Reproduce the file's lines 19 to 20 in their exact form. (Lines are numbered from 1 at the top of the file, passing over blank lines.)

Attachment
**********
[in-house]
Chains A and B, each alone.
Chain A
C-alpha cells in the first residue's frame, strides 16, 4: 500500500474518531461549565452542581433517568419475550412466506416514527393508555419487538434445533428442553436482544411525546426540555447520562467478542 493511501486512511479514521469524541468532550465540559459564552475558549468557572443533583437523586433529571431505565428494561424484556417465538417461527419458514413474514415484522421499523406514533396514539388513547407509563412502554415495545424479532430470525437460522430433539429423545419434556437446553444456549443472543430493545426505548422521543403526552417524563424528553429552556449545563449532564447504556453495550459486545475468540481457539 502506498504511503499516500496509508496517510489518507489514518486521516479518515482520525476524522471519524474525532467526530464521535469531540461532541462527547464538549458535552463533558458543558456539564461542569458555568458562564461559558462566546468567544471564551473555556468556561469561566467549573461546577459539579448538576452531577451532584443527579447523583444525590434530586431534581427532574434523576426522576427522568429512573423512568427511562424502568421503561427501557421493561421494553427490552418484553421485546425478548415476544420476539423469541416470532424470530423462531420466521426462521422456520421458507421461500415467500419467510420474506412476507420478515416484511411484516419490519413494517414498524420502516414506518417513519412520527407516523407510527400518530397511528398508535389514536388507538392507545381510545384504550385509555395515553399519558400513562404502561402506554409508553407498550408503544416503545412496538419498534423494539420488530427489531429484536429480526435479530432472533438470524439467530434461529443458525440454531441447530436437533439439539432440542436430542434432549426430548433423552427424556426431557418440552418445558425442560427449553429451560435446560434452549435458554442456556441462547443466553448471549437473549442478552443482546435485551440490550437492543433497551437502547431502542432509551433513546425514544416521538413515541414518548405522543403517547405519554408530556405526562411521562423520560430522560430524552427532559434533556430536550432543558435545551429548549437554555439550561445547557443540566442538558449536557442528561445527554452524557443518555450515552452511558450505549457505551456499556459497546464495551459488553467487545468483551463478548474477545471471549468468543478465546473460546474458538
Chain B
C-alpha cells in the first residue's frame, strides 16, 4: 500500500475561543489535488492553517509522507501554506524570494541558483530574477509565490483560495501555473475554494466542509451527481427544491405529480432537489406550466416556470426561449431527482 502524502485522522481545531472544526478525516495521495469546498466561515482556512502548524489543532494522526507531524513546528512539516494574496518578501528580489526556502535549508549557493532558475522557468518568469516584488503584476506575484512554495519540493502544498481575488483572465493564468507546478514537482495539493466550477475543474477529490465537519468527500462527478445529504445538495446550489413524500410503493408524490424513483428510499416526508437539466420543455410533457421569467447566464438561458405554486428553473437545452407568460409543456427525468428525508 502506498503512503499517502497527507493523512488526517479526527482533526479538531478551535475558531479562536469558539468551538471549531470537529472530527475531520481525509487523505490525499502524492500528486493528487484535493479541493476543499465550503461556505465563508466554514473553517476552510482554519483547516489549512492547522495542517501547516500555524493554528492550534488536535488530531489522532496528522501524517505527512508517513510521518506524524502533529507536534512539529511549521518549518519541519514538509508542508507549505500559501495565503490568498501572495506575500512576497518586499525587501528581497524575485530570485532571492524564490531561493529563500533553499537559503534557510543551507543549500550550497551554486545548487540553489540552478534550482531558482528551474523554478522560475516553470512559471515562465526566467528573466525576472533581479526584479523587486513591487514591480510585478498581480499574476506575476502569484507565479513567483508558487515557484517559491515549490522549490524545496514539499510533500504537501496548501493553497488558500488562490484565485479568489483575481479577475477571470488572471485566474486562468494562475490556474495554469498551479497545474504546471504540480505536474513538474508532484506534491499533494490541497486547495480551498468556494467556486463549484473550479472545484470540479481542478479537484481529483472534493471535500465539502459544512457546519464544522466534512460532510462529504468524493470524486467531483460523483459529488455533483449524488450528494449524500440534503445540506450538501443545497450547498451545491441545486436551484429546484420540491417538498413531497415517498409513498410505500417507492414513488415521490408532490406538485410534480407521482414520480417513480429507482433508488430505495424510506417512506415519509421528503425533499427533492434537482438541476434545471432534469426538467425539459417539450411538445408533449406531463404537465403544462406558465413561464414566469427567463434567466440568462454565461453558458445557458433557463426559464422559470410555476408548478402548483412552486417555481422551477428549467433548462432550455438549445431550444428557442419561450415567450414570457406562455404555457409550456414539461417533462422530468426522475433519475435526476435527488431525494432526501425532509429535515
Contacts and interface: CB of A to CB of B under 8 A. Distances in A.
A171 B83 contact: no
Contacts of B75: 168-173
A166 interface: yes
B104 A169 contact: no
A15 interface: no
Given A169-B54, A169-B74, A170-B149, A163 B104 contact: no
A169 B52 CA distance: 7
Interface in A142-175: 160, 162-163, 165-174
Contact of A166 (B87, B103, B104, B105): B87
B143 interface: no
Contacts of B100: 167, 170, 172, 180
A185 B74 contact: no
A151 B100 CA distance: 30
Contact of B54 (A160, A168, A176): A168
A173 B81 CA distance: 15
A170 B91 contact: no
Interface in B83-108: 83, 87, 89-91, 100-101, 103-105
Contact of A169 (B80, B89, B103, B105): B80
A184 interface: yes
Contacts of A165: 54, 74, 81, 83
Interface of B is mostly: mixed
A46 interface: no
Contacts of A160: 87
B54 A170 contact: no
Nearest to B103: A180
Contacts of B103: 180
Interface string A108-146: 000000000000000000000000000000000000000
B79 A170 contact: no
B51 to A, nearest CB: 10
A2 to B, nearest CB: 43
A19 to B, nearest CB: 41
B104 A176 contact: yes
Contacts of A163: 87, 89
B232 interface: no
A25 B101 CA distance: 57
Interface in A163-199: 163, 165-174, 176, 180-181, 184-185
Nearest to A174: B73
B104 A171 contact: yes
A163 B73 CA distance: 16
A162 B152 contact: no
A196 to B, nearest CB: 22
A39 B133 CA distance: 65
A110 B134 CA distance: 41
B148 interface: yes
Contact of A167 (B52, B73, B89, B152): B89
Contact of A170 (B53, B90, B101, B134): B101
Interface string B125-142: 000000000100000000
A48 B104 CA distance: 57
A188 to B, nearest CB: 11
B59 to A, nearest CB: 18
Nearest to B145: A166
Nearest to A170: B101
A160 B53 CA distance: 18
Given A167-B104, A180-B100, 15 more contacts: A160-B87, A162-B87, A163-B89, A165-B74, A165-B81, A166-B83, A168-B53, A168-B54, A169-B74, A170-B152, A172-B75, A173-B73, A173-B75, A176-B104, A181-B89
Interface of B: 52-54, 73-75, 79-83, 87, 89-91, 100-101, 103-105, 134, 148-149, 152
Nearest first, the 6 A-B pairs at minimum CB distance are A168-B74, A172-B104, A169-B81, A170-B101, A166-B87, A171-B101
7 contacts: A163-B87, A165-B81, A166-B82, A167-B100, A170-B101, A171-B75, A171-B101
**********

A185 B74 contact: no
A151 B100 CA distance: 30